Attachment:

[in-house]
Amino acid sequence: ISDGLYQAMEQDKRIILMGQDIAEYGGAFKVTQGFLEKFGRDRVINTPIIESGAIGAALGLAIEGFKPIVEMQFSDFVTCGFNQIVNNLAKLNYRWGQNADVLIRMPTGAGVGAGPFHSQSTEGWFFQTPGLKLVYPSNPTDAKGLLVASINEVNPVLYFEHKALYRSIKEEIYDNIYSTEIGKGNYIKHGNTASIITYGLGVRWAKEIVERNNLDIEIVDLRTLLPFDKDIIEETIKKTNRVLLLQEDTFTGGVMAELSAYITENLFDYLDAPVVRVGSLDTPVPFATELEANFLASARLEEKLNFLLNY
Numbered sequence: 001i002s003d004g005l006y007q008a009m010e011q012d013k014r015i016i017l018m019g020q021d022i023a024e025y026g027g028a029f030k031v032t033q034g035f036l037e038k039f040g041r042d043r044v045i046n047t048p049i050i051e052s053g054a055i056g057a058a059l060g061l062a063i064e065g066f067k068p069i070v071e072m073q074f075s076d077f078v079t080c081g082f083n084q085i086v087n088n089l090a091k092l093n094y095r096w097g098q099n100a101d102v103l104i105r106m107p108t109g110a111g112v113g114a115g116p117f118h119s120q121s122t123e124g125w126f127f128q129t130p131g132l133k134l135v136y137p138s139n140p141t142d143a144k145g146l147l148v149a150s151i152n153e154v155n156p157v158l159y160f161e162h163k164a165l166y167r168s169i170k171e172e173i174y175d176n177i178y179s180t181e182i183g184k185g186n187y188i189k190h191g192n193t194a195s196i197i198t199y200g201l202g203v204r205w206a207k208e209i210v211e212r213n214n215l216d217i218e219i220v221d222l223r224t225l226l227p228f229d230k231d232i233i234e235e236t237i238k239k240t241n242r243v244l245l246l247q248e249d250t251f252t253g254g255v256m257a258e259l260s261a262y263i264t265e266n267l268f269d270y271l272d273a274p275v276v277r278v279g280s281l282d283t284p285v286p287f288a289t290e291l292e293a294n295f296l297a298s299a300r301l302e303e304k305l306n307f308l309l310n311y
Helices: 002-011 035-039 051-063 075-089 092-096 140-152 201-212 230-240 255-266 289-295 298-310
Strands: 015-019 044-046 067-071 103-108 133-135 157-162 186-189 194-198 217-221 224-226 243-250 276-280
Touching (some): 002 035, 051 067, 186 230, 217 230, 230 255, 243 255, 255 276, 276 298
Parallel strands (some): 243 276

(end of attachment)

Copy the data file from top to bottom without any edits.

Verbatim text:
[in-house]
Amino acid sequence: ISDGLYQAMEQDKRIILMGQDIAEYGGAFKVTQGFLEKFGRDRVINTPIIESGAIGAALGLAIEGFKPIVEMQFSDFVTCGFNQIVNNLAKLNYRWGQNADVLIRMPTGAGVGAGPFHSQSTEGWFFQTPGLKLVYPSNPTDAKGLLVASINEVNPVLYFEHKALYRSIKEEIYDNIYSTEIGKGNYIKHGNTASIITYGLGVRWAKEIVERNNLDIEIVDLRTLLPFDKDIIEETIKKTNRVLLLQEDTFTGGVMAELSAYITENLFDYLDAPVVRVGSLDTPVPFATELEANFLASARLEEKLNFLLNY
Numbered sequence: 001i002s003d004g005l006y007q008a009m010e011q012d013k014r015i016i017l018m019g020q021d022i023a024e025y026g027g028a029f030k031v032t033q034g035f036l037e038k039f040g041r042d043r044v045i046n047t048p049i050i051e052s053g054a055i056g057a058a059l060g061l062a063i064e065g066f067k068p069i070v071e072m073q074f075s076d077f078v079t080c081g082f083n084q085i086v087n088n089l090a091k092l093n094y095r096w097g098q099n100a101d102v103l104i105r106m107p108t109g110a111g112v113g114a115g116p117f118h119s120q121s122t123e124g125w126f127f128q129t130p131g132l133k134l135v136y137p138s139n140p141t142d143a144k145g146l147l148v149a150s151i152n153e154v155n156p157v158l159y160f161e162h163k164a165l166y167r168s169i170k171e172e173i174y175d176n177i178y179s180t181e182i183g184k185g186n187y188i189k190h191g192n193t194a195s196i197i198t199y200g201l202g203v204r205w206a207k208e209i210v211e212r213n214n215l216d217i218e219i220v221d222l223r224t225l226l227p228f229d230k231d232i233i234e235e236t237i238k239k240t241n242r243v244l245l246l247q248e249d250t251f252t253g254g255v256m257a258e259l260s261a262y263i264t265e266n267l268f269d270y271l272d273a274p275v276v277r278v279g280s281l282d283t284p285v286p287f288a289t290e291l292e293a294n295f296l297a298s299a300r301l302e303e304k305l306n307f308l309l310n311y
Helices: 002-011 035-039 051-063 075-089 092-096 140-152 201-212 230-240 255-266 289-295 298-310
Strands: 015-019 044-046 067-071 103-108 133-135 157-162 186-189 194-198 217-221 224-226 243-250 276-280
Touching (some): 002 035, 051 067, 186 230, 217 230, 230 255, 243 255, 255 276, 276 298
Parallel strands (some): 243 276